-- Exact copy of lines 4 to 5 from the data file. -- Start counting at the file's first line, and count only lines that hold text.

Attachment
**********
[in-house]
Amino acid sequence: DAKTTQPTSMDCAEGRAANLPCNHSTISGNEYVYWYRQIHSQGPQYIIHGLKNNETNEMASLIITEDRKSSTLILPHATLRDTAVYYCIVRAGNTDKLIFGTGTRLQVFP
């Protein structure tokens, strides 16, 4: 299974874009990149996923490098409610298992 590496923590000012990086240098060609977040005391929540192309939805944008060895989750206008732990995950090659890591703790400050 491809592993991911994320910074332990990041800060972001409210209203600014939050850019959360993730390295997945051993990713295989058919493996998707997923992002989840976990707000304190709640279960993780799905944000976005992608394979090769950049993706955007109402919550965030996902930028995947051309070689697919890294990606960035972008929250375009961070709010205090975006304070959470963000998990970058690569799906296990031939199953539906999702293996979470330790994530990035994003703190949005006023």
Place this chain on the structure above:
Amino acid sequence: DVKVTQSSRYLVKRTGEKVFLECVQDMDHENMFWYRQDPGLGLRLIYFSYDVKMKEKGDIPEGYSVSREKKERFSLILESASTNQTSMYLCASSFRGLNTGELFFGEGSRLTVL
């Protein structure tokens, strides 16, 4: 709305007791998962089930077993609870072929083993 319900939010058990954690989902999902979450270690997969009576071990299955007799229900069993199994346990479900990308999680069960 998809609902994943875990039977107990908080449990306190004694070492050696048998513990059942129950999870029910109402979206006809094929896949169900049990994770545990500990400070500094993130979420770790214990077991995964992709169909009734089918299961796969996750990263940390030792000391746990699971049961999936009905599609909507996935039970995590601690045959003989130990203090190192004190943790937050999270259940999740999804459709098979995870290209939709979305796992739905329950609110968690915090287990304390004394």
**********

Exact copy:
Place this chain on the structure above:
Amino acid sequence: DVKVTQSSRYLVKRTGEKVFLECVQDMDHENMFWYRQDPGLGLRLIYFSYDVKMKEKGDIPEGYSVSREKKERFSLILESASTNQTSMYLCASSFRGLNTGELFFGEGSRLTVL